Steven Crossley

Actor and narrator Steven Crossley has made an enchanted journey from sitting in front of his family’s radio when he was a child to sitting behind a microphone at the Recorded Books studio in Manhattan as a narrator. “Almost my first recollection of listening to stories—and this is in line with a lot of English children—was listening to the radio as a child,” said the London resident, “in particular, Children’s Hour at three in the afternoon.”

Besides his love of that radio show, one of Crossley’s first oral readings deeply planted the acting seed in his heart. “I’ve always had a feeling for reading stories,” he said. “I didn’t have any drama classes in my school, but I had a wonderful English master who had us read in front of the class. I read Lord of the Flies by William Golding.” When he saw the looks on the other students’ faces and felt their rapt attention, “I knew I had a bit of aptitude for it even then.”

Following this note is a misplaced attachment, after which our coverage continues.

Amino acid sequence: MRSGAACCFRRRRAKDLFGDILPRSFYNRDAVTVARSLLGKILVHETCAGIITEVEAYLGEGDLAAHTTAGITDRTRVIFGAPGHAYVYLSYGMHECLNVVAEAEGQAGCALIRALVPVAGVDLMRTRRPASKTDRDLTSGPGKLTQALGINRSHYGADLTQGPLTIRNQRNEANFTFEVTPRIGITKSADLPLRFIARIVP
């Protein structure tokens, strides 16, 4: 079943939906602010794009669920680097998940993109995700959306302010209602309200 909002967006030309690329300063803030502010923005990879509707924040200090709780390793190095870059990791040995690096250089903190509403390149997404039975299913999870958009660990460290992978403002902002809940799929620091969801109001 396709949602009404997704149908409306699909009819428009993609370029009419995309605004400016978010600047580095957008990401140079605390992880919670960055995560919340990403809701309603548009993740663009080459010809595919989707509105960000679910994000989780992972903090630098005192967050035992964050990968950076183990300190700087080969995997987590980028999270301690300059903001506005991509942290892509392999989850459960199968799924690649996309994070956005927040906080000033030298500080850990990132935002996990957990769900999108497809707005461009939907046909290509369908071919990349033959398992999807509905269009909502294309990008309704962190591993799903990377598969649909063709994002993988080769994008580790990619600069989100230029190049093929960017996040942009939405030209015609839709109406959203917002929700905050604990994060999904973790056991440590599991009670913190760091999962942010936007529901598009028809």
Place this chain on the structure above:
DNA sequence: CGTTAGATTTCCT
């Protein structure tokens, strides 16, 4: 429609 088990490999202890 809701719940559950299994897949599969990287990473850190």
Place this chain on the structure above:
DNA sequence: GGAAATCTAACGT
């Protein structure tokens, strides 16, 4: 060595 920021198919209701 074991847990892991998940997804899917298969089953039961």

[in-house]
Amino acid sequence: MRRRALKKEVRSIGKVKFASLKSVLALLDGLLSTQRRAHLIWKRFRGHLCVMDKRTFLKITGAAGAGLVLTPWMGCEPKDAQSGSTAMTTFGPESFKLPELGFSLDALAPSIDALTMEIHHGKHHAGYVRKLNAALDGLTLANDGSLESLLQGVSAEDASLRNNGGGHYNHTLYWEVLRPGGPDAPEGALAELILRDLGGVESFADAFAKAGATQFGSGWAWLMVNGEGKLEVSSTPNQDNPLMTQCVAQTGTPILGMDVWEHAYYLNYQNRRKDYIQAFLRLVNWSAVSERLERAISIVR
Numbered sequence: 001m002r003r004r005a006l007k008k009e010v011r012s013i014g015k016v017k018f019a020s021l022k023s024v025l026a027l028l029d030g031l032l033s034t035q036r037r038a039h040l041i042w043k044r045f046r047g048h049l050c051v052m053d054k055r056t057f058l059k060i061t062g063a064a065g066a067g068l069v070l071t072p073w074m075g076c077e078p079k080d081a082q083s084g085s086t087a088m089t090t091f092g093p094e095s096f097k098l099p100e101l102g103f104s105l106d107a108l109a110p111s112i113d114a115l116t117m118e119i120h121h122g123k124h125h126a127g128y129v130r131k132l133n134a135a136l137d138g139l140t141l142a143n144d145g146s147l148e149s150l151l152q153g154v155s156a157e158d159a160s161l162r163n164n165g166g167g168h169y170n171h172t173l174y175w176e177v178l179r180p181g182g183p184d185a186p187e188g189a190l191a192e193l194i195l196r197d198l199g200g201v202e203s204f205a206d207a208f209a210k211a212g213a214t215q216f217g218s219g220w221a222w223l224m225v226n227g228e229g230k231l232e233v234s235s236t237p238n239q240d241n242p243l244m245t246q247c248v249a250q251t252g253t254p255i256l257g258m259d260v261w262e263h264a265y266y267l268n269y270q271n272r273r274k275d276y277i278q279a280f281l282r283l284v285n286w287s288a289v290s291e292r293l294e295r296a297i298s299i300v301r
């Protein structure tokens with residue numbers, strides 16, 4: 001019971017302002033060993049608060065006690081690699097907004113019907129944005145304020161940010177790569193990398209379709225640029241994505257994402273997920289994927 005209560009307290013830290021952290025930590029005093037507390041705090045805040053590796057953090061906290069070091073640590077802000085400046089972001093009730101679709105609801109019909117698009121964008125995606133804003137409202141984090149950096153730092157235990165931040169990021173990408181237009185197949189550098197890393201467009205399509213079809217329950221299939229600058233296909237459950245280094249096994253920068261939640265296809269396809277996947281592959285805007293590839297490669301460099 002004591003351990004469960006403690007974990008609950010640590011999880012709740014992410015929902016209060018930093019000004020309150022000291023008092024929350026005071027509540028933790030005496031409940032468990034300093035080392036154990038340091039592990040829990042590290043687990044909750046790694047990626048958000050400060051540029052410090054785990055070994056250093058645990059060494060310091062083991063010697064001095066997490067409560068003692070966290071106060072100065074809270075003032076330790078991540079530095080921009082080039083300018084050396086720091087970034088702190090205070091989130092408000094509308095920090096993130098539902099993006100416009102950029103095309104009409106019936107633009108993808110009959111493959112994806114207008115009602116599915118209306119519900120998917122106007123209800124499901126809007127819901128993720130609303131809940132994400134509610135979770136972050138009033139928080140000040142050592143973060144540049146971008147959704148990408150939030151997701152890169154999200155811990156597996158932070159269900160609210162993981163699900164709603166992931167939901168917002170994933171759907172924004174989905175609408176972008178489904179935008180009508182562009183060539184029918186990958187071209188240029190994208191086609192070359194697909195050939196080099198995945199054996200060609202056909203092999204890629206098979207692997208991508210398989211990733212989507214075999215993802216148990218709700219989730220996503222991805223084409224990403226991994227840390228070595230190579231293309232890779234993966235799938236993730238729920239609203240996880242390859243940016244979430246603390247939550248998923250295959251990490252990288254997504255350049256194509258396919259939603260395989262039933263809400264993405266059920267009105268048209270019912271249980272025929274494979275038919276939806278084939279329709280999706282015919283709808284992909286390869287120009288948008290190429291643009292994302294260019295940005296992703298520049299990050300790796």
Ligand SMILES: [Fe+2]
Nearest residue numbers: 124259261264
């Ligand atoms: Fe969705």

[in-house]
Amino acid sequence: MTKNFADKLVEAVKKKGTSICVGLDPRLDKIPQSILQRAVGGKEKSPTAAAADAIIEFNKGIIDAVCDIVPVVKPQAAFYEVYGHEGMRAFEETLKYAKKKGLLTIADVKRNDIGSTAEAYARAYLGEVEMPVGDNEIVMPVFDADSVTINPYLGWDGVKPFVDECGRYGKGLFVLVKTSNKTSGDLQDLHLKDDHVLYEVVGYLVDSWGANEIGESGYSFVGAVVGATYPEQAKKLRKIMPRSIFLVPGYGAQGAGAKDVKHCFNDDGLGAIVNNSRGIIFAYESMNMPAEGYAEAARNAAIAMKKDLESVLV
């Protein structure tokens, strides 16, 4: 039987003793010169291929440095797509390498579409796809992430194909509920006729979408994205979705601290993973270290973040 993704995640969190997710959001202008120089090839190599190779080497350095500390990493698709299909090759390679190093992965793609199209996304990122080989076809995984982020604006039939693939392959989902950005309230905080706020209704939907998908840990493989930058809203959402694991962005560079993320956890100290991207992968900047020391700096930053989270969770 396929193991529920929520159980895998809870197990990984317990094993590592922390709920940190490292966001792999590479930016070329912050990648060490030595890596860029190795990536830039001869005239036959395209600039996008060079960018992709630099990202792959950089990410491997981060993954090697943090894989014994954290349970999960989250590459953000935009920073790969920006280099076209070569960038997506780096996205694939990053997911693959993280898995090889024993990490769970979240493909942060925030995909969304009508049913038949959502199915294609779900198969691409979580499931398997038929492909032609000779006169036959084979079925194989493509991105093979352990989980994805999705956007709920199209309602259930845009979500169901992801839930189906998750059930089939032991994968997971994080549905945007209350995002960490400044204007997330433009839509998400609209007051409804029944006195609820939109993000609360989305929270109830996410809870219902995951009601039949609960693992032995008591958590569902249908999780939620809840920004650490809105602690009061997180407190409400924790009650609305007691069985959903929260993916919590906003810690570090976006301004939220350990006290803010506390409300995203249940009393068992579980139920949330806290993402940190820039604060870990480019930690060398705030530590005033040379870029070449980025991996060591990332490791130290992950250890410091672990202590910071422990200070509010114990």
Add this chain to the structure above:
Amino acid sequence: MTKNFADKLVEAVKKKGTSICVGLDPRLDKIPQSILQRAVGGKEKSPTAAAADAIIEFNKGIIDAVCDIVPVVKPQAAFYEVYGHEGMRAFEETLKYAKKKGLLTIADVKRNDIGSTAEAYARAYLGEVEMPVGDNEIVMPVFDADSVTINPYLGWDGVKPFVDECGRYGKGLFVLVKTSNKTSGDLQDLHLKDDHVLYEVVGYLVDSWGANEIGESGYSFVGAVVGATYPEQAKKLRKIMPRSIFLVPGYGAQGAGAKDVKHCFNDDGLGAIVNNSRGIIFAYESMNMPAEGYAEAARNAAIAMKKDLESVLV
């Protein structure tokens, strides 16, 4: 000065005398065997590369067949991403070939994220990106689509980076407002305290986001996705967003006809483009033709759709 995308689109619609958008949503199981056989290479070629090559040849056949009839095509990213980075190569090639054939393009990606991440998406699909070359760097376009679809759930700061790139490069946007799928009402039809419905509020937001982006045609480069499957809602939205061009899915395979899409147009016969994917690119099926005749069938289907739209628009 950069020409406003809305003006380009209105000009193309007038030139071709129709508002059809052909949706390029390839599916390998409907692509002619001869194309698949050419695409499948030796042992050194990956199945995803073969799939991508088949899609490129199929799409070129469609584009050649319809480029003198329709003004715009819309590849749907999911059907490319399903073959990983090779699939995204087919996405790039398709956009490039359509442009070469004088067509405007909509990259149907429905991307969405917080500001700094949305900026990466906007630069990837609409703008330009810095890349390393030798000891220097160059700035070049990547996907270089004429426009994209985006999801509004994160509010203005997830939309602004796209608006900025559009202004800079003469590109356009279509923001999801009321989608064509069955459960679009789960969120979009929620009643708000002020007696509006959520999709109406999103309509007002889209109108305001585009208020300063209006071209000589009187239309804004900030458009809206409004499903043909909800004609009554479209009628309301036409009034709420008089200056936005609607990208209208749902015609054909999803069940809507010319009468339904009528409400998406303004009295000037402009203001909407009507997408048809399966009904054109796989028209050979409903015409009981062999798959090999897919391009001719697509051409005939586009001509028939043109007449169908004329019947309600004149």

After graduating from the Royal Academy of Dramatic Art, he embarked on a busy acting career. He has appeared in two films, a dozen television shows and nearly 30 roles in regional theaters and on larger stages in both the USA and England. Crossley has even played a part on an interactive CD-ROM. Finally, though, it is the challenging variety of roles in his audiobook assignments that keeps attracting him to the recording studio. “I get to play such a wonderful cast of characters, from 65-year-old men to 14-year-old women. I’m being stretched as an actor.”


The Book of Lost Things by John Connolly audio preview


Amsterdam by Ian McEwan audio preview